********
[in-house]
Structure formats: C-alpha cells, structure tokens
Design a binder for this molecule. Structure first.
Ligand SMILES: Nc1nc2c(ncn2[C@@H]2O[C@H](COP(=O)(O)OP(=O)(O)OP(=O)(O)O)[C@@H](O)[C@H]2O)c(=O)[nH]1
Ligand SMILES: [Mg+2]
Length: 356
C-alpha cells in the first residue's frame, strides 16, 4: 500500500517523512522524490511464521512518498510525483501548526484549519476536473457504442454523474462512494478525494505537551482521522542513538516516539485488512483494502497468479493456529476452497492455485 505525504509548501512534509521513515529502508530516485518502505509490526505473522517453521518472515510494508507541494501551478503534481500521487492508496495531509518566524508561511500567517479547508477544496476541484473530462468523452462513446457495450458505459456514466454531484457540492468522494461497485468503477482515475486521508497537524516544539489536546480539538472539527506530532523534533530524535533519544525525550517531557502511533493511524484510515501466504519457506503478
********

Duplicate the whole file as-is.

[in-house]
Structure formats: C-alpha cells, structure tokens
Design a binder for this molecule. Structure first.
Ligand SMILES: Nc1nc2c(ncn2[C@@H]2O[C@H](COP(=O)(O)OP(=O)(O)OP(=O)(O)O)[C@@H](O)[C@H]2O)c(=O)[nH]1
Ligand SMILES: [Mg+2]
Length: 356
C-alpha cells in the first residue's frame, strides 16, 4: 500500500517523512522524490511464521512518498510525483501548526484549519476536473457504442454523474462512494478525494505537551482521522542513538516516539485488512483494502497468479493456529476452497492455485 505525504509548501512534509521513515529502508530516485518502505509490526505473522517453521518472515510494508507541494501551478503534481500521487492508496495531509518566524508561511500567517479547508477544496476541484473530462468523452462513446457495450458505459456514466454531484457540492468522494461497485468503477482515475486521508497537524516544539489536546480539538472539527506530532523534533530524535533519544525525550517531557502511533493511524484510515501466504519457506503478